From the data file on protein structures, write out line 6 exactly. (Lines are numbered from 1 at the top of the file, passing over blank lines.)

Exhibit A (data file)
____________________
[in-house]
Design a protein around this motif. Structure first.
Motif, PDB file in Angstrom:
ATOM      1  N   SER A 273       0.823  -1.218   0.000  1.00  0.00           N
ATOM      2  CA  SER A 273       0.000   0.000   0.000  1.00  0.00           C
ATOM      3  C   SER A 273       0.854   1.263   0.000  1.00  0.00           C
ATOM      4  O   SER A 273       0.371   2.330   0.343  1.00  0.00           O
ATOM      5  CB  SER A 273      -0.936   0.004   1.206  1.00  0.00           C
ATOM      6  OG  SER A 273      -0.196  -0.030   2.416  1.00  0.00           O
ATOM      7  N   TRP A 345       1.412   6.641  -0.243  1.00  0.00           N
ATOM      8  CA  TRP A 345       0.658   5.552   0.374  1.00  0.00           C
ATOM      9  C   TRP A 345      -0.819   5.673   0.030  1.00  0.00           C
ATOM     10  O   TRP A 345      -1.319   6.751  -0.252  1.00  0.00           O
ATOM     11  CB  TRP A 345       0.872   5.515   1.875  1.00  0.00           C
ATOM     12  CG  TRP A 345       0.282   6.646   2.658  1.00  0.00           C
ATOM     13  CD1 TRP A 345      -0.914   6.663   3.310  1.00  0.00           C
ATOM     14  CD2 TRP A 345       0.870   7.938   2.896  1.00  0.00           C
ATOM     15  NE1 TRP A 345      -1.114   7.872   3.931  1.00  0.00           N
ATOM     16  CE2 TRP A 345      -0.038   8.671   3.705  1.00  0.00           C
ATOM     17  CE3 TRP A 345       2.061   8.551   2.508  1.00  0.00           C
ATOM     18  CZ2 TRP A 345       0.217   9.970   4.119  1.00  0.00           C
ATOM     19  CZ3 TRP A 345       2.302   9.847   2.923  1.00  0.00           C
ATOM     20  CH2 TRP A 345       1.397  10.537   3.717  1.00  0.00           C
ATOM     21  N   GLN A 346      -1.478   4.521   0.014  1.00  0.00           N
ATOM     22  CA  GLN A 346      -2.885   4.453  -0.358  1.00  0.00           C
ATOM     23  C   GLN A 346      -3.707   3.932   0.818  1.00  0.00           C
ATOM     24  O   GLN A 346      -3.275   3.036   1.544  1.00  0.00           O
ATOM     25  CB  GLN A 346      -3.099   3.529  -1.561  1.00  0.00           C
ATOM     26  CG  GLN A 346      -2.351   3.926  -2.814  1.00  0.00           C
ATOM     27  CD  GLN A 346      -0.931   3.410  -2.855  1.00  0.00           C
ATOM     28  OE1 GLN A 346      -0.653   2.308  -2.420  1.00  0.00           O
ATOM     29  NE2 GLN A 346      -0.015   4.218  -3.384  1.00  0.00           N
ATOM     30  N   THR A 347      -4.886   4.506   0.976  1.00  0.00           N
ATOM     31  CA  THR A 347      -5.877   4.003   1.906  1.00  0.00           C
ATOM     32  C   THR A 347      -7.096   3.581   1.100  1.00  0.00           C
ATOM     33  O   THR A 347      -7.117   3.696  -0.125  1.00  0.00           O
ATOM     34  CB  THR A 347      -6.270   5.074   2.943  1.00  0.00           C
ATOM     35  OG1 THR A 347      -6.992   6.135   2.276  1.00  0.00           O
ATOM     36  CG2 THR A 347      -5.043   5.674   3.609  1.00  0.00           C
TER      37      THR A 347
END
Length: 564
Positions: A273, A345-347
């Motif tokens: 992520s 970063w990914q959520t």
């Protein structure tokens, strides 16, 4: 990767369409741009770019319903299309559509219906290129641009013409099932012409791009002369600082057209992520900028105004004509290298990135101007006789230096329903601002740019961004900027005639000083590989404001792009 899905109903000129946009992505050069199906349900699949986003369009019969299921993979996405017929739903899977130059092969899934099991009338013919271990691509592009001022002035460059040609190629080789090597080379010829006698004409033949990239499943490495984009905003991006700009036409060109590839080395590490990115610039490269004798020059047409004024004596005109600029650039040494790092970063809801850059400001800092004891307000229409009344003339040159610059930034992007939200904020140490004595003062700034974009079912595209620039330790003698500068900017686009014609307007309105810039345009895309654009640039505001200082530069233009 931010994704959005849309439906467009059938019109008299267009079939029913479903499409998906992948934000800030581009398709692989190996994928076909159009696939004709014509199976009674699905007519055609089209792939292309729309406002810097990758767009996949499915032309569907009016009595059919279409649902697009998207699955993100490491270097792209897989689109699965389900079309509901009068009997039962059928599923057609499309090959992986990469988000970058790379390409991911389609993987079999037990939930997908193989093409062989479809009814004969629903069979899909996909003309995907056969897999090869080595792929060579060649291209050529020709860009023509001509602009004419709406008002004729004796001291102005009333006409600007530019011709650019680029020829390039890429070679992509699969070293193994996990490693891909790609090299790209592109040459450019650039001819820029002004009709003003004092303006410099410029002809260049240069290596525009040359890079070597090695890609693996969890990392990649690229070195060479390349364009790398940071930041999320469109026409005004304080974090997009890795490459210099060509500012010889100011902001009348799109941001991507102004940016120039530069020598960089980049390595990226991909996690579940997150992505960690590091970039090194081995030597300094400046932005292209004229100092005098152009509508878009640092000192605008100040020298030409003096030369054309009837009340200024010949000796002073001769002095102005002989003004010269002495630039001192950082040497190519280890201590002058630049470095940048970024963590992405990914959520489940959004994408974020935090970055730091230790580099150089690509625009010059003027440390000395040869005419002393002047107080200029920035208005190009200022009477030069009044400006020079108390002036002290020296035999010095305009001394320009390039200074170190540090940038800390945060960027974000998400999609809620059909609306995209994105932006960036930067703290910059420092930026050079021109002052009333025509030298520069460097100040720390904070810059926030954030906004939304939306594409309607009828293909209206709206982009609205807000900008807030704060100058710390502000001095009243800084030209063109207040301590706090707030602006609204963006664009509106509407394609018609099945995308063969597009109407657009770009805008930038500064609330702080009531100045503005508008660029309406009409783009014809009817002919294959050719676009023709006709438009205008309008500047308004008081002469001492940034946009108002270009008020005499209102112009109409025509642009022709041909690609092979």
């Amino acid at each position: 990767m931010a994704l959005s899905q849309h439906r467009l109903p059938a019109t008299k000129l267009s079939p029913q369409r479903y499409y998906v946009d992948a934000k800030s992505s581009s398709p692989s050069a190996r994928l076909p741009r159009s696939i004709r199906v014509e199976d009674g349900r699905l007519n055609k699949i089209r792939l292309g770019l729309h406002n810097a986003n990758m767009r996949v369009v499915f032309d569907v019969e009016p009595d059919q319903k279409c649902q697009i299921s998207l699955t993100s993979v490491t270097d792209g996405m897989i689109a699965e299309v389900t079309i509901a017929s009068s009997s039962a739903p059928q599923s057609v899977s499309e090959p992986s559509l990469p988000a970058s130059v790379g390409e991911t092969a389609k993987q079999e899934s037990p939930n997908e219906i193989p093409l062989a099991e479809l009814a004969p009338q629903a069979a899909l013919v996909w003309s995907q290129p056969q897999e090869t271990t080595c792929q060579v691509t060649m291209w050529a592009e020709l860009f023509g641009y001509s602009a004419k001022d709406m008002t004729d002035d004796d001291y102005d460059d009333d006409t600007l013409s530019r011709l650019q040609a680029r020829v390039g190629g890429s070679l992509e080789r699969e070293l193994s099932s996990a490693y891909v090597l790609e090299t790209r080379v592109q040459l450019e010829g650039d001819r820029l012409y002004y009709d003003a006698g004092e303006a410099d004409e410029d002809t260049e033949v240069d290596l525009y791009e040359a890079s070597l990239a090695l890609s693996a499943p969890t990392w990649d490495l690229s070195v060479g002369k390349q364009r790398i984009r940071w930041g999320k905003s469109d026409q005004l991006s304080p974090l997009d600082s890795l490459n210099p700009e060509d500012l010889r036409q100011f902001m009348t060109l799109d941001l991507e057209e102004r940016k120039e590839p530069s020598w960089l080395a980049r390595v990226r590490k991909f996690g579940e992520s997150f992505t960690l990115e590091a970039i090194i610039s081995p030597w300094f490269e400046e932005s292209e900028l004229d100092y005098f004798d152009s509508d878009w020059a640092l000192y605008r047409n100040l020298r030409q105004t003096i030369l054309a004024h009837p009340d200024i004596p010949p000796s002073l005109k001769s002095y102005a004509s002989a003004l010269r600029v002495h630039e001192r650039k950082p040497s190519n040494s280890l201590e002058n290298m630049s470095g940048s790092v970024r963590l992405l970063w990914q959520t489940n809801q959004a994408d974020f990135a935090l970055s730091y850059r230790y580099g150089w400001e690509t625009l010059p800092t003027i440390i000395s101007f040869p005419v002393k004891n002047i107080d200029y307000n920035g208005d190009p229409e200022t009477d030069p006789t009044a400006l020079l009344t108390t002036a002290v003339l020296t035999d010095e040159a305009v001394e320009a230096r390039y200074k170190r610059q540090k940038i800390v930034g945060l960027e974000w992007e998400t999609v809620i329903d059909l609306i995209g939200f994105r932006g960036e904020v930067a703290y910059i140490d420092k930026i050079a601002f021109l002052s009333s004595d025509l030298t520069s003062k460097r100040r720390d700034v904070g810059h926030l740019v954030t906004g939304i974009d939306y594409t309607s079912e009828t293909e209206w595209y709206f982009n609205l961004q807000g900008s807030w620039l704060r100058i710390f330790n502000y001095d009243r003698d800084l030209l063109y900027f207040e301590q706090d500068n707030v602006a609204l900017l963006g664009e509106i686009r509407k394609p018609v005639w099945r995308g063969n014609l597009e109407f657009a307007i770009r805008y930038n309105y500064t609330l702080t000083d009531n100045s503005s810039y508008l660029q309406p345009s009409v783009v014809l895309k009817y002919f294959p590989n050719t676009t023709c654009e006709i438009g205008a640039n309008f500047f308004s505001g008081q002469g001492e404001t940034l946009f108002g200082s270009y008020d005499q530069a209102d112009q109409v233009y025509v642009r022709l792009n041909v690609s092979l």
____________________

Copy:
ATOM      3  C   SER A 273       0.854   1.263   0.000  1.00  0.00           C